Sunday, March 13, 2016

Unfortunate Winter Update on our Monarchs

Our migration Monarch are hardly out the woods, so to speak.  Although this year's wintering Monarch count in January showed great improvement over recent years, winter has taken an ugly turn. A late season snow has fallen in Mexico's Butterfly Reserves.  

Weather disruptions brought on by climate change, both winter storms and off-season droughts, have contributed to low population numbers.  Add a shortage of Milkweed for host plants, and the continued bombardment of herbicides and pesticides, and you will see our conservation work is far from done.

Read the full news release from MEXICONEWSDAILY.COM below:

Snow and cold takes toll on monarchs

As many as 11 million butterflies might have died

Mexico News Daily | Saturday, March 12, 2016
The beleaguered monarch butterflies can’t get a break. The numbers that arrived in Mexico for the winter were up, but cold weather has killed as many as 11 million in the last few days, according to one report.
Rosario spokesman Homero Gómez González was able to see the monarch deaths in a positive light. He pointed out that the majority had survived despite snowfall levels that hadn’t been seen in 40 years.At the El Rosario sanctuary in Michoacán, where winter storm No. 11 brought 35 centimeters of snow and temperatures that plunged to -12 C, they say about 1.5 million butterflies have died.
However, the National Protected Areas Commission said its inspection of the monarchs’ reserve revealed that the butterflies had resisted the effects of cold, snow and wind.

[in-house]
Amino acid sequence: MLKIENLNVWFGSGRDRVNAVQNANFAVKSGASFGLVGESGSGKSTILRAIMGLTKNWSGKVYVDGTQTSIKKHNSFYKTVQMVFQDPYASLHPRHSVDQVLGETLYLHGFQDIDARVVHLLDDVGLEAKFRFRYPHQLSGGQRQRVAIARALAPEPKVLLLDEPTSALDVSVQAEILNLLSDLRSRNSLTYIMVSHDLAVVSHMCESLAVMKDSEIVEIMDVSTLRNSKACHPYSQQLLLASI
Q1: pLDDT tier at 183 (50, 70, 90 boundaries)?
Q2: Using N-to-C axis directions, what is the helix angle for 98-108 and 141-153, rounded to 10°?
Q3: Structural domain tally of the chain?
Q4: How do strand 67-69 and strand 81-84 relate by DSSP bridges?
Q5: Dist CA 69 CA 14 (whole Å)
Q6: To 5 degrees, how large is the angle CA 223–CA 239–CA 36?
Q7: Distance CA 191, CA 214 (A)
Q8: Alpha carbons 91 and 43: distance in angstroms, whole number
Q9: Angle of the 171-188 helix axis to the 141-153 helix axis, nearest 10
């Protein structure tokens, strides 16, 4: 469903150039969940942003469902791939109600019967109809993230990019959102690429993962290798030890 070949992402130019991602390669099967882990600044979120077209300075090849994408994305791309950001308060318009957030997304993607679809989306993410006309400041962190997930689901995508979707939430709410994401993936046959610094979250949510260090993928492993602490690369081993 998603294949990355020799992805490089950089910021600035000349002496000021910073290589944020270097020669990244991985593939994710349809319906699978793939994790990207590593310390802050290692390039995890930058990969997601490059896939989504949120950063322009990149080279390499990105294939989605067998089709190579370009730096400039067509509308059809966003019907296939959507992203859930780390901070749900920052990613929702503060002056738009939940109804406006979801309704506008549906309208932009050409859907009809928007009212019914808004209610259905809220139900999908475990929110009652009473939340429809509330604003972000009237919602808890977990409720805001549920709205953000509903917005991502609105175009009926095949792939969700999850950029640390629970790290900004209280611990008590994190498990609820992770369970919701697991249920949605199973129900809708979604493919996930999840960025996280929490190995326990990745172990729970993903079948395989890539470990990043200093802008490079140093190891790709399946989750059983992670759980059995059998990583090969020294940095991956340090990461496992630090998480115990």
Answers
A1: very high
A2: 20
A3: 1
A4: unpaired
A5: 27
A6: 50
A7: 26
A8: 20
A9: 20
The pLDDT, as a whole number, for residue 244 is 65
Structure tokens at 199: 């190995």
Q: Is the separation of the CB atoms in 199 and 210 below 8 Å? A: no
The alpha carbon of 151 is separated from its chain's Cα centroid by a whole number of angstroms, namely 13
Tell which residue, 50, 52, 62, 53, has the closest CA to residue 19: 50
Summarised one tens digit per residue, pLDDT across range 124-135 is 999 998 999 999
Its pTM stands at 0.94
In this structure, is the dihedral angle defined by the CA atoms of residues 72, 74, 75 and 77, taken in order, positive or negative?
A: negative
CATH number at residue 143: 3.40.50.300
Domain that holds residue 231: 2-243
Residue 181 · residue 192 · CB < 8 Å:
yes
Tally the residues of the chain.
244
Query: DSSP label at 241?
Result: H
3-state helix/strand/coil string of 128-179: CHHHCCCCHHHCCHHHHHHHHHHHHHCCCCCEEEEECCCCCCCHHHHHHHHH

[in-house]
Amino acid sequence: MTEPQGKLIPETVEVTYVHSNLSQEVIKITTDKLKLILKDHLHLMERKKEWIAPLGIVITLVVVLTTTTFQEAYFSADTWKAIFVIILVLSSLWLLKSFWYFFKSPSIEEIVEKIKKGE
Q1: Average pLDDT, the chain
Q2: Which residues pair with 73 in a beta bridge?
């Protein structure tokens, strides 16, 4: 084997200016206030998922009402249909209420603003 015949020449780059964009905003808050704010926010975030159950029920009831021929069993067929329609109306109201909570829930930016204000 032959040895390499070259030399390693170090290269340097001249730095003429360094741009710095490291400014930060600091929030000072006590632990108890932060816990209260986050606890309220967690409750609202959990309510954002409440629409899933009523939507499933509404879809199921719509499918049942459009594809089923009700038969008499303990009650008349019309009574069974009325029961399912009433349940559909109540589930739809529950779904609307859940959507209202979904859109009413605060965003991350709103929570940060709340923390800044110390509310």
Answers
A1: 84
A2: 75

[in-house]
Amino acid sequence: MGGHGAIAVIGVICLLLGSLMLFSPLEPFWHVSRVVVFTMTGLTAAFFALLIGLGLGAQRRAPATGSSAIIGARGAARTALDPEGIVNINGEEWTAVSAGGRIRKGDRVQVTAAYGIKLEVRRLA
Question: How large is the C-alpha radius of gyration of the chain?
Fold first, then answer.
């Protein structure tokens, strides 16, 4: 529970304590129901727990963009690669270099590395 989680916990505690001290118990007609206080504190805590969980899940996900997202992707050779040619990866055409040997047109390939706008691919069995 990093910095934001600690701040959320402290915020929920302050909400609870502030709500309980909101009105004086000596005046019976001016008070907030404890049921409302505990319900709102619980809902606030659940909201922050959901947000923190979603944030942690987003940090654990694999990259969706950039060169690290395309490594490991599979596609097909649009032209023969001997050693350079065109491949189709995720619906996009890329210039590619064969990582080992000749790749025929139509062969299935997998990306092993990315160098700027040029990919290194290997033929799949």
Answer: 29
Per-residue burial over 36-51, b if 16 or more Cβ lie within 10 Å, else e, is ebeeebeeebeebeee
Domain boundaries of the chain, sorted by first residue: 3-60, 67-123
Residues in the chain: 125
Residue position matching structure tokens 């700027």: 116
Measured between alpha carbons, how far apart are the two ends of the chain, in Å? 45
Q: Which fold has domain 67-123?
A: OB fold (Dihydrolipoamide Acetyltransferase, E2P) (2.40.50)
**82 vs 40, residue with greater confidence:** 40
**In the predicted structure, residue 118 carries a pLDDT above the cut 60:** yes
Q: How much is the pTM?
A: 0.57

Conflicting reports should not be surprising considering the conflicts that evidently exist between the local stewards of the butterfly reserve and government agencies.
Gómez González said government representatives show up to have their photos taken and to justify their salaries, “yet in reality we receive nothing in the way of support. Proof of that is that we ourselves have reforested the areas [affected by logging].”
For government functionaries, he charged, “it’s pure bureaucracy.”
The butterflies, which migrate annually from the United States and Canada, were up in numbers this year after steady declines for several years. Numbers are estimated by the area they cover, which this year is about four hectares, up from 1.13 last year.
But two decades ago they covered as much as 20 hectares.
This year’s coverage of four hectares has been estimated to represent at least 100 million butterflies. Loss of habitat in the U.S. and Mexico has been blamed for the declining population.
Source: El Universal (sp)
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